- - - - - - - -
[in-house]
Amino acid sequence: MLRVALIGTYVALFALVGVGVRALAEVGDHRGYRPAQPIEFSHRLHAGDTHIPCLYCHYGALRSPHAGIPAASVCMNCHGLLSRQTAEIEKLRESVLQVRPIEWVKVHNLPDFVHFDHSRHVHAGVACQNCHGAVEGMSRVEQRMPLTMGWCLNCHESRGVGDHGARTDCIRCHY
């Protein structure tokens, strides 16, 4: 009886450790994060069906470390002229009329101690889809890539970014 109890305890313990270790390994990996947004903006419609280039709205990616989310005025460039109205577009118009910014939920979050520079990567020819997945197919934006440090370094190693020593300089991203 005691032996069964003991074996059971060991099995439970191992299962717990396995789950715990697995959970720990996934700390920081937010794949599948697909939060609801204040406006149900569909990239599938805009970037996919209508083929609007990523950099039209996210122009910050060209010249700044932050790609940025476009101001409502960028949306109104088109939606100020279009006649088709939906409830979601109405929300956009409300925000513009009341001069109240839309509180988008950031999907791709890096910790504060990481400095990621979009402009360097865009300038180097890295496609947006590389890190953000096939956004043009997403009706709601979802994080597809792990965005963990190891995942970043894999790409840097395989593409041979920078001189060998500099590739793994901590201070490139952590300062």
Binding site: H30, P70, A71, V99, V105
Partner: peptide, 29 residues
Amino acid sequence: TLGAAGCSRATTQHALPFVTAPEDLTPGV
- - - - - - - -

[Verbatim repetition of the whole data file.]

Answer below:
[in-house]
Amino acid sequence: MLRVALIGTYVALFALVGVGVRALAEVGDHRGYRPAQPIEFSHRLHAGDTHIPCLYCHYGALRSPHAGIPAASVCMNCHGLLSRQTAEIEKLRESVLQVRPIEWVKVHNLPDFVHFDHSRHVHAGVACQNCHGAVEGMSRVEQRMPLTMGWCLNCHESRGVGDHGARTDCIRCHY
């Protein structure tokens, strides 16, 4: 009886450790994060069906470390002229009329101690889809890539970014 109890305890313990270790390994990996947004903006419609280039709205990616989310005025460039109205577009118009910014939920979050520079990567020819997945197919934006440090370094190693020593300089991203 005691032996069964003991074996059971060991099995439970191992299962717990396995789950715990697995959970720990996934700390920081937010794949599948697909939060609801204040406006149900569909990239599938805009970037996919209508083929609007990523950099039209996210122009910050060209010249700044932050790609940025476009101001409502960028949306109104088109939606100020279009006649088709939906409830979601109405929300956009409300925000513009009341001069109240839309509180988008950031999907791709890096910790504060990481400095990621979009402009360097865009300038180097890295496609947006590389890190953000096939956004043009997403009706709601979802994080597809792990965005963990190891995942970043894999790409840097395989593409041979920078001189060998500099590739793994901590201070490139952590300062």
Binding site: H30, P70, A71, V99, V105
Partner: peptide, 29 residues
Amino acid sequence: TLGAAGCSRATTQHALPFVTAPEDLTPGV